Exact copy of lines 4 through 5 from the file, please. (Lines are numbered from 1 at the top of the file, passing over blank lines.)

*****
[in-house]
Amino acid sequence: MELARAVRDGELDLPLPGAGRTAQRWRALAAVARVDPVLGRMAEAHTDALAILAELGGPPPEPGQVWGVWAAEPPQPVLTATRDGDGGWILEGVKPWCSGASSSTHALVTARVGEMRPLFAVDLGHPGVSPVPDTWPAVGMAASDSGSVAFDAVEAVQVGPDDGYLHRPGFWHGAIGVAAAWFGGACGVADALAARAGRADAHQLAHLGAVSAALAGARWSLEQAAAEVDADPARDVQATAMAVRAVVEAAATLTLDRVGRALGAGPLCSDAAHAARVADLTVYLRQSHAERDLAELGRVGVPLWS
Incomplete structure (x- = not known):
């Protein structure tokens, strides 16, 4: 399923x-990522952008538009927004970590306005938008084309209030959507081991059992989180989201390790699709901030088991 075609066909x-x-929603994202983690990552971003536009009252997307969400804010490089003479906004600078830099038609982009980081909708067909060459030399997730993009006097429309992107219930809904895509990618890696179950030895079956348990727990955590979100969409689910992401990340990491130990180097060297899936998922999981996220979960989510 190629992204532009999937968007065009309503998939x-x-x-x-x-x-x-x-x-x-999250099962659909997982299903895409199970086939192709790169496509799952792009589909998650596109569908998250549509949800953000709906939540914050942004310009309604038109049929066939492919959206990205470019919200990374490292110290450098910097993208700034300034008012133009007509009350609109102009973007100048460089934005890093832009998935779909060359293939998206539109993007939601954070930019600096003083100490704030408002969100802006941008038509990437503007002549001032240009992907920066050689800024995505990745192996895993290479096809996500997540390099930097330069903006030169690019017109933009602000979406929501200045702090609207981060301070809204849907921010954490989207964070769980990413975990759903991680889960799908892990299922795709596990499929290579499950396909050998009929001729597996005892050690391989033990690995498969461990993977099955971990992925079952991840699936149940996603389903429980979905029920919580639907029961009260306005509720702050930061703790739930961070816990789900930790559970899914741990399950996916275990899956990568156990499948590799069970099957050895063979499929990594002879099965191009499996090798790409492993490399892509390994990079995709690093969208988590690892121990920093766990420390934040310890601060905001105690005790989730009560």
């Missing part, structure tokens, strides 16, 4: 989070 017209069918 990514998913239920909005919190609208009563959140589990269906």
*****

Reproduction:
């Protein structure tokens, strides 16, 4: 399923x-990522952008538009927004970590306005938008084309209030959507081991059992989180989201390790699709901030088991 075609066909x-x-929603994202983690990552971003536009009252997307969400804010490089003479906004600078830099038609982009980081909708067909060459030399997730993009006097429309992107219930809904895509990618890696179950030895079956348990727990955590979100969409689910992401990340990491130990180097060297899936998922999981996220979960989510 190629992204532009999937968007065009309503998939x-x-x-x-x-x-x-x-x-x-999250099962659909997982299903895409199970086939192709790169496509799952792009589909998650596109569908998250549509949800953000709906939540914050942004310009309604038109049929066939492919959206990205470019919200990374490292110290450098910097993208700034300034008012133009007509009350609109102009973007100048460089934005890093832009998935779909060359293939998206539109993007939601954070930019600096003083100490704030408002969100802006941008038509990437503007002549001032240009992907920066050689800024995505990745192996895993290479096809996500997540390099930097330069903006030169690019017109933009602000979406929501200045702090609207981060301070809204849907921010954490989207964070769980990413975990759903991680889960799908892990299922795709596990499929290579499950396909050998009929001729597996005892050690391989033990690995498969461990993977099955971990992925079952991840699936149940996603389903429980979905029920919580639907029961009260306005509720702050930061703790739930961070816990789900930790559970899914741990399950996916275990899956990568156990499948590799069970099957050895063979499929990594002879099965191009499996090798790409492993490399892509390994990079995709690093969208988590690892121990920093766990420390934040310890601060905001105690005790989730009560």
């Missing part, structure tokens, strides 16, 4: 989070 017209069918 990514998913239920909005919190609208009563959140589990269906």